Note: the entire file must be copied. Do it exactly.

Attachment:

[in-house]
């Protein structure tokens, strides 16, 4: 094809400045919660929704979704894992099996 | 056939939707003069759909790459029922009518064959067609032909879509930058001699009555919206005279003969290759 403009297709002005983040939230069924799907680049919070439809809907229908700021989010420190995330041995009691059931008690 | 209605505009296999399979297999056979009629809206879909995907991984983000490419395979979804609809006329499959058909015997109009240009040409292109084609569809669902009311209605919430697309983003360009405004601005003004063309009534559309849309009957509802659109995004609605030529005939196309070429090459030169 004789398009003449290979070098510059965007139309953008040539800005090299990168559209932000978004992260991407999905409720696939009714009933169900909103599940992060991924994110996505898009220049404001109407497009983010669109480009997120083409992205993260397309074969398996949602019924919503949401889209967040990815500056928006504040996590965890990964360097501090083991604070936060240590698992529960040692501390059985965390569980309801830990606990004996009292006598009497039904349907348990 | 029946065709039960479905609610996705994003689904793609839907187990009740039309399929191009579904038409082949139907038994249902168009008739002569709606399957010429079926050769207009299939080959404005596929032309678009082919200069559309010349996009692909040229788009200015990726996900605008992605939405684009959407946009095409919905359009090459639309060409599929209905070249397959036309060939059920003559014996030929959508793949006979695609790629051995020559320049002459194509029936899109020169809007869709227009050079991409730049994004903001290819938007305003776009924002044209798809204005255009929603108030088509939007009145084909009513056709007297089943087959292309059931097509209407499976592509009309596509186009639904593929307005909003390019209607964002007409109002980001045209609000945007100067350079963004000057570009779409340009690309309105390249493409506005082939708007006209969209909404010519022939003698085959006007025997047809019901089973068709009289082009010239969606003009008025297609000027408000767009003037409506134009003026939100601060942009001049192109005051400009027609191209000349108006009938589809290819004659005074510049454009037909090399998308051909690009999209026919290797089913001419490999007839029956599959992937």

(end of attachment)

[in-house]
């Protein structure tokens, strides 16, 4: 094809400045919660929704979704894992099996 | 056939939707003069759909790459029922009518064959067609032909879509930058001699009555919206005279003969290759 403009297709002005983040939230069924799907680049919070439809809907229908700021989010420190995330041995009691059931008690 | 209605505009296999399979297999056979009629809206879909995907991984983000490419395979979804609809006329499959058909015997109009240009040409292109084609569809669902009311209605919430697309983003360009405004601005003004063309009534559309849309009957509802659109995004609605030529005939196309070429090459030169 004789398009003449290979070098510059965007139309953008040539800005090299990168559209932000978004992260991407999905409720696939009714009933169900909103599940992060991924994110996505898009220049404001109407497009983010669109480009997120083409992205993260397309074969398996949602019924919503949401889209967040990815500056928006504040996590965890990964360097501090083991604070936060240590698992529960040692501390059985965390569980309801830990606990004996009292006598009497039904349907348990 | 029946065709039960479905609610996705994003689904793609839907187990009740039309399929191009579904038409082949139907038994249902168009008739002569709606399957010429079926050769207009299939080959404005596929032309678009082919200069559309010349996009692909040229788009200015990726996900605008992605939405684009959407946009095409919905359009090459639309060409599929209905070249397959036309060939059920003559014996030929959508793949006979695609790629051995020559320049002459194509029936899109020169809007869709227009050079991409730049994004903001290819938007305003776009924002044209798809204005255009929603108030088509939007009145084909009513056709007297089943087959292309059931097509209407499976592509009309596509186009639904593929307005909003390019209607964002007409109002980001045209609000945007100067350079963004000057570009779409340009690309309105390249493409506005082939708007006209969209909404010519022939003698085959006007025997047809019901089973068709009289082009010239969606003009008025297609000027408000767009003037409506134009003026939100601060942009001049192109005051400009027609191209000349108006009938589809290819004659005074510049454009037909090399998308051909690009999209026919290797089913001419490999007839029956599959992937």